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North America's NatGas Traffic Volumes Connecting U.S., Canada and Mexico Holding Up, Says DOE

The North American natural gas trade survived value destruction that ran parallel to the fall of oil on glutted markets during the first nine months of 2015, according to the U.S. Department of Energy.

Gas traffic volumes held up on the pipeline web connecting Canada, the United States and Mexico, even though surpluses cut prices by as much as 50%  at the international borders, a scorecard kept by the Energy Department's gas regulation division.

Canadian exports remained the largest trade item and even grew slightly. Deliveries to the Lower 48 states, chiefly originating in Alberta, were 2.03 Tcf, or 7.5 Bcf/d, in January through September 2015, up 1.1% from 2.01 Tcf, or 7.4 Bcf/d, during the same period of 2014.

U.S. exports stood out as the second-biggest and fastest-growing part of the continental gas trade, rising by 13% to 1.23 Tcf, or 4.7 Bcf/d, in first nine months of 2015 from 1.13 Tcf, or 4.1 Bcf/d, over the comparable time in 2014.

Unlike Canadian dealers, U.S. gas merchants diversified markets by continuing a trend of redirecting deliveries to Mexico, which emerged as the destination for two-thirds of U.S. exports. Pipeline deliveries of U.S. production to Mexico shot up by 40% to 764.5 Bcf, 2.8 Bcf/d, in the first nine months of 2015 versus 546.1 Bcf or 2 Bcf/d during the same period of 2014.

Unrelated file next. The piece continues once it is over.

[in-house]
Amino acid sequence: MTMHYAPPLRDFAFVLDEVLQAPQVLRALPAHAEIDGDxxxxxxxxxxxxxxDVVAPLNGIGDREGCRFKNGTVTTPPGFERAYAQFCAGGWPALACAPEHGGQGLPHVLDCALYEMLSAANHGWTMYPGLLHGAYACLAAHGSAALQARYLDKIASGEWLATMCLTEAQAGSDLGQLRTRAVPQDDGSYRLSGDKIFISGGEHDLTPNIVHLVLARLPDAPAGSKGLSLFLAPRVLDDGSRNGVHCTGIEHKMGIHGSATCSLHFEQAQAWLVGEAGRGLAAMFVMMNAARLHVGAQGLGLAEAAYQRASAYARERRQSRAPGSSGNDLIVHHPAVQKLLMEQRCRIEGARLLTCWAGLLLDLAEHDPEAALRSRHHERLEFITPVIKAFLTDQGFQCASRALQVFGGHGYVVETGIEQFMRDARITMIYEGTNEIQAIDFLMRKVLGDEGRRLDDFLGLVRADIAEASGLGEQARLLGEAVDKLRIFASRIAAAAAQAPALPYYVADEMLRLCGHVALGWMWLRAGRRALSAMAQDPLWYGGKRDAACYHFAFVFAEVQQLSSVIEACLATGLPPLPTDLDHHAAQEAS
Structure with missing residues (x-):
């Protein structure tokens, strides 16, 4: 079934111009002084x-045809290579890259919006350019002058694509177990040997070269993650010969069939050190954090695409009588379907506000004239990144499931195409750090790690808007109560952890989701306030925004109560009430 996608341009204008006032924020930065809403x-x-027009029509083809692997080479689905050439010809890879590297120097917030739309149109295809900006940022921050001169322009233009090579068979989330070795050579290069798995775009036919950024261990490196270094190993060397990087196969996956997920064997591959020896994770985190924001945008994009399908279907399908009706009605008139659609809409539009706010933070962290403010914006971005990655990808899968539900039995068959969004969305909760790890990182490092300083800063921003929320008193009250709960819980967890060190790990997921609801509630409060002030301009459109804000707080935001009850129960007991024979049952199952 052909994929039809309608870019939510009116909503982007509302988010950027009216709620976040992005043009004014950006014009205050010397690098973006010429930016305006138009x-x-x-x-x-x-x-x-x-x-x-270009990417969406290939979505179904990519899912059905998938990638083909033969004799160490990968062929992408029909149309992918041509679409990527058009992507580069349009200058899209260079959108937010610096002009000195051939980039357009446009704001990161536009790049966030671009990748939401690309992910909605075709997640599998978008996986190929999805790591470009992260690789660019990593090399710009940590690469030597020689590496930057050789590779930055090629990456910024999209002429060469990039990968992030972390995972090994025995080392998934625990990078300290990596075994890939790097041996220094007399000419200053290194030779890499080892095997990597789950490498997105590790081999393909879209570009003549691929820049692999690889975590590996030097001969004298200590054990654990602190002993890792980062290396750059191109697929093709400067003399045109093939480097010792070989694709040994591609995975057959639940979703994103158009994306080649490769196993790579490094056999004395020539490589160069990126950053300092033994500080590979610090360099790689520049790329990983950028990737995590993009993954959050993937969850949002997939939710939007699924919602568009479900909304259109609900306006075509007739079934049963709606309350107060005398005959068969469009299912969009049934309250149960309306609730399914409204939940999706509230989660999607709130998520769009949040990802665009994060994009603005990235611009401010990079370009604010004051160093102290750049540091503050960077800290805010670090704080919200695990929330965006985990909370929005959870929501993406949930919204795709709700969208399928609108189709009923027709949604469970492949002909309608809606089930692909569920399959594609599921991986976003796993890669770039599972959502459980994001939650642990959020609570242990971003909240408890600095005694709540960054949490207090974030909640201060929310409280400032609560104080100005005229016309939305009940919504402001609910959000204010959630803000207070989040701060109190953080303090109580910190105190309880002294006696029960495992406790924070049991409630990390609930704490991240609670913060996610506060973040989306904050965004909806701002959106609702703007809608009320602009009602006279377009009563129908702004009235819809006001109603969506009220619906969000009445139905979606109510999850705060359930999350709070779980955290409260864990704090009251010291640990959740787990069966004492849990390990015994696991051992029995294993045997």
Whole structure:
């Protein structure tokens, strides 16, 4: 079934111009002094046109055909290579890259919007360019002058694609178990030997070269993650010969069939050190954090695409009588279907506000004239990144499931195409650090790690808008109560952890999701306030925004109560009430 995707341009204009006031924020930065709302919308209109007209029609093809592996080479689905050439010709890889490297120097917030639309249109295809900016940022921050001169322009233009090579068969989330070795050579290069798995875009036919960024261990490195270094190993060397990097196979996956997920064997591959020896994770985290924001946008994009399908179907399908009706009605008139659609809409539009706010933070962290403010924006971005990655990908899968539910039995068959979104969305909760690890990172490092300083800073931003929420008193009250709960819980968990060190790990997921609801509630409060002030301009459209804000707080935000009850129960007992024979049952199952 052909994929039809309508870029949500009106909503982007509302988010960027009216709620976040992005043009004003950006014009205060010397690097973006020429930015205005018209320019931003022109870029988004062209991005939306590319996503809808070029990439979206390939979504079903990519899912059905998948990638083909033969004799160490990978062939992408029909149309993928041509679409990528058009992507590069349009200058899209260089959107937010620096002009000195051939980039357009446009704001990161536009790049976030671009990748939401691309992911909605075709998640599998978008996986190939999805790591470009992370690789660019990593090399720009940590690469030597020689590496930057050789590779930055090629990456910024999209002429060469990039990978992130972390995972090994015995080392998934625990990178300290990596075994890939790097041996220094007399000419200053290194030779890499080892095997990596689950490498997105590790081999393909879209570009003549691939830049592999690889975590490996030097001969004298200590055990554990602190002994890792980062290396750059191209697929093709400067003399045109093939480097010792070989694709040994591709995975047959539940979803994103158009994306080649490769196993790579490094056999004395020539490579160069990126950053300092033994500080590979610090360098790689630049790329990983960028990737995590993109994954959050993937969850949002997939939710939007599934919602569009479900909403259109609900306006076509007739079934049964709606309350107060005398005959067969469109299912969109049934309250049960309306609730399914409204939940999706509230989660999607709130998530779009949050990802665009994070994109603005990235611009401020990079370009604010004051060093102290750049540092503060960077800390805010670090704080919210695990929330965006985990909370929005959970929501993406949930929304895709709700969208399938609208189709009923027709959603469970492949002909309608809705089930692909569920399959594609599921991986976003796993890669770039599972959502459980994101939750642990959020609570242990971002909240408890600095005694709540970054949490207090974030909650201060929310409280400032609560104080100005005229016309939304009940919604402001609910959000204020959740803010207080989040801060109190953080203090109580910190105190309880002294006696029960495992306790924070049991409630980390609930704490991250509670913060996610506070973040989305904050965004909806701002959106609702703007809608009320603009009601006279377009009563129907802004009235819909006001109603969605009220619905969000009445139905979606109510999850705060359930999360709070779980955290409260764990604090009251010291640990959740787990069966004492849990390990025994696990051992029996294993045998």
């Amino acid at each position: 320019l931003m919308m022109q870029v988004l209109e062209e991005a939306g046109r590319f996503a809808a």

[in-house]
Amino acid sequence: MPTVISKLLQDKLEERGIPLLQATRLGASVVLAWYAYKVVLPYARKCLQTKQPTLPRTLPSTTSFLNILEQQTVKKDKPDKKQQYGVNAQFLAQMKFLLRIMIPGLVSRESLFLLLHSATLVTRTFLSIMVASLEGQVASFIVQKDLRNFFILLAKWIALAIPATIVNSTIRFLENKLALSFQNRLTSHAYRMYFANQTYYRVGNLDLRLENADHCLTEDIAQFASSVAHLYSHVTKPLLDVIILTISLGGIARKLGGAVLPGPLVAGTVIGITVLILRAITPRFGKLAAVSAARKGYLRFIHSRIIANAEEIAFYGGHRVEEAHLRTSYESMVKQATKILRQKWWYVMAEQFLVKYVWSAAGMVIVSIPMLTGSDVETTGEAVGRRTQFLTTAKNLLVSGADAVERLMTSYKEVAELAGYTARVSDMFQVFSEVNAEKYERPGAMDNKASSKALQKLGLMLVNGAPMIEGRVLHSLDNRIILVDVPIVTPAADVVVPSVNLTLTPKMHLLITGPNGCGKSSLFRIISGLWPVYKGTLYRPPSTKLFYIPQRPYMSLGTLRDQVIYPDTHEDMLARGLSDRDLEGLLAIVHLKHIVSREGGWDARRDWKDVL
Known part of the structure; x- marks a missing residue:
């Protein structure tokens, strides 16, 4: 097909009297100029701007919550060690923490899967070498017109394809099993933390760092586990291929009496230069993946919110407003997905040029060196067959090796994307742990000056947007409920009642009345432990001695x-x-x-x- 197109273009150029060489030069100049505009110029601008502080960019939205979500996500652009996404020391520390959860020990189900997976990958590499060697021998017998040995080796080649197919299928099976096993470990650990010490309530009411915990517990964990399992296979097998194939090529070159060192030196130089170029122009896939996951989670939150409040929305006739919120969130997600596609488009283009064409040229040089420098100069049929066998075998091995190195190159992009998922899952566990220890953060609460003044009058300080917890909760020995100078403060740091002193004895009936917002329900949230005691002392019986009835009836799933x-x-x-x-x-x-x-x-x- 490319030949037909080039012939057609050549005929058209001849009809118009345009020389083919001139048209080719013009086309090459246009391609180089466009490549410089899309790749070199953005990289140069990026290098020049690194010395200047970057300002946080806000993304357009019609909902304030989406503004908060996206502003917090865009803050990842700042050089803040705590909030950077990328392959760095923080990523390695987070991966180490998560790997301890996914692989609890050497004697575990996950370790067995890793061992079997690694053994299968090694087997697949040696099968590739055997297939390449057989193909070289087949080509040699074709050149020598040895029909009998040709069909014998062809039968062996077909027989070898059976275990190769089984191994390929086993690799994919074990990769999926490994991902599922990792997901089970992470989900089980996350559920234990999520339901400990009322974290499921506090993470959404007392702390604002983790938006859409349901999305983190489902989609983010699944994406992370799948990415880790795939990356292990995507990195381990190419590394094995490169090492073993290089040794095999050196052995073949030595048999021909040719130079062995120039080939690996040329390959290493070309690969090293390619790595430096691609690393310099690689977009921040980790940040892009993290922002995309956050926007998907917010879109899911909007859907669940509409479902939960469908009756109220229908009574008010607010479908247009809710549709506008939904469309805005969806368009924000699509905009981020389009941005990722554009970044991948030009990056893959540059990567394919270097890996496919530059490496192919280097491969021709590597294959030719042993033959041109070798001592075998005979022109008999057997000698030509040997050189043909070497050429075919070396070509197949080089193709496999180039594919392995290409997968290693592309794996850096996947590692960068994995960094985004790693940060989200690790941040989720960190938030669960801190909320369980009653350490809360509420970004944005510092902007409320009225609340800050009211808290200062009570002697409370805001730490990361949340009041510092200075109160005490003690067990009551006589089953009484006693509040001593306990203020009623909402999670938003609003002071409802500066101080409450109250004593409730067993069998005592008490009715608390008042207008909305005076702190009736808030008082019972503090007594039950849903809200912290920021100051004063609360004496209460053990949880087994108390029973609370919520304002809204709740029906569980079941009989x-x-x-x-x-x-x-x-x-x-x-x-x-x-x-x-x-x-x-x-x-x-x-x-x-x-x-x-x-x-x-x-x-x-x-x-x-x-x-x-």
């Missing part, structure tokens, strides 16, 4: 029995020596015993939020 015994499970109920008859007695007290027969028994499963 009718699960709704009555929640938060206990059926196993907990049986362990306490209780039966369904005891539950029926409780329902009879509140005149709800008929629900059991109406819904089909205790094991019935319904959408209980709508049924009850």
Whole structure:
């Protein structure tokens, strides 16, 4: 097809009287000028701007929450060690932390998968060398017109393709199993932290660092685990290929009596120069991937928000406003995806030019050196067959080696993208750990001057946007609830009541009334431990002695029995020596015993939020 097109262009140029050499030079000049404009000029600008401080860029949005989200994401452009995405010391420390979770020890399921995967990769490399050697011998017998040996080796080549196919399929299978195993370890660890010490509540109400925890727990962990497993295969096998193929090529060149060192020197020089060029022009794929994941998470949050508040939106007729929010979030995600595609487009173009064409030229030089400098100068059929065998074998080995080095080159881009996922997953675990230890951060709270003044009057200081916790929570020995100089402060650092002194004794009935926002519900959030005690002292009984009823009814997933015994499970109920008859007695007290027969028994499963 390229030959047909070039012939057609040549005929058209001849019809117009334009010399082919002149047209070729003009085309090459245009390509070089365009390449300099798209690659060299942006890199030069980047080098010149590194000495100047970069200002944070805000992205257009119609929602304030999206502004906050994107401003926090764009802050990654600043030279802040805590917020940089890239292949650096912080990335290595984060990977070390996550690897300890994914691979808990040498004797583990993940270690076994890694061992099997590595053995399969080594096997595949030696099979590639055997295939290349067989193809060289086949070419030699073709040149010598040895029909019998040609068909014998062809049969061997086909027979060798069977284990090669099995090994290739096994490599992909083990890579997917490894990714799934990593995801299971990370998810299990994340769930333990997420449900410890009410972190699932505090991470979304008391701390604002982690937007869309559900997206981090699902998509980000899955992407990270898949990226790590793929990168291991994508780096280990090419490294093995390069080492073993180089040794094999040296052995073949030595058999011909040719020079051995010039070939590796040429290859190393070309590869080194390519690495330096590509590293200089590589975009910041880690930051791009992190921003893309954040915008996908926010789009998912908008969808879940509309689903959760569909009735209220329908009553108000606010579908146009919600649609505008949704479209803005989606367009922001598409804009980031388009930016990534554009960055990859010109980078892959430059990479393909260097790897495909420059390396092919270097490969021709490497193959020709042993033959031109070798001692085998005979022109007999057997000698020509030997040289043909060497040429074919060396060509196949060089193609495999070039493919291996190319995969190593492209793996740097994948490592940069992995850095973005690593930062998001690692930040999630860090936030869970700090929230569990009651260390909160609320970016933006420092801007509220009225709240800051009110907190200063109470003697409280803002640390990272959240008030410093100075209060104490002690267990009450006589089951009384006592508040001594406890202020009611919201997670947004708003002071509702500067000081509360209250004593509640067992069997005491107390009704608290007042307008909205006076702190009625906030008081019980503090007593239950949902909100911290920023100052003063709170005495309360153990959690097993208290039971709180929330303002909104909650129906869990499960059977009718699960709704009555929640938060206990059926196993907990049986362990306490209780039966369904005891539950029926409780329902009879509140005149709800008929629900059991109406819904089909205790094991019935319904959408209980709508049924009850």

U.S. gas exports to Canada dropped by 11.9% to 512.6 Bcf, or 1.9 Bcf/d, in the first nine months of last year from 581.8 Bcf, 2.1 Bcf/d, in comparable period of 2014.

The U.S. continental marketing switch began following 2013 toll cuts on TransCanada Corp.'s gas Mainline trimmed costs of Alberta deliveries to competitive levels. But TransCanada and distribution companies in Ontario and Quebec are cooperatively adding capacity to resume rising imports of shale gas from U.S. Northeast, reflecting low-cost U.S. production and TransCanada's proposed partial conversion of the Mainline to 1.1 million b/d of Alberta oilsands service.

Surpluses burned value off every gas market on the continent last year. The average price that Canadian exports fetched at the U.S. border fell by 46.4% to US$2.98/MMBtu in the first nine months of 2015 from $5.56/MMBtu in the comparable period of 2014. The average price for U.S. exports to Canada dropped by 50% to US$3.28/MMBtu between January through September 2015 from $6.56/MMBtu in the same months of 2014.

U.S. exports go to the highest value Canadian markets in Ontario and Quebec, while Canadian exports go to more variable destinations across the Lower 48.

Prices for U.S. pipeline deliveries into Mexico fell by 38.2% in the nine-month period year/year to $2.97/MMBtu from $4.80/MMBtu.

The sporadic North American trade in small volumes of liquefied natural gas (LNG) followed global market trends. The average price of LNG imports into the United States dropped by 25% in first nine months of last year to US$6.97/MMBtu from $9.31/MMBtu in the nine comparable months of 2014. Prices for U.S. LNG exports to Japan and Taiwan fell by 52% year/year to average $7.61/MMBtu between January through September from $15.76/MMBtu.

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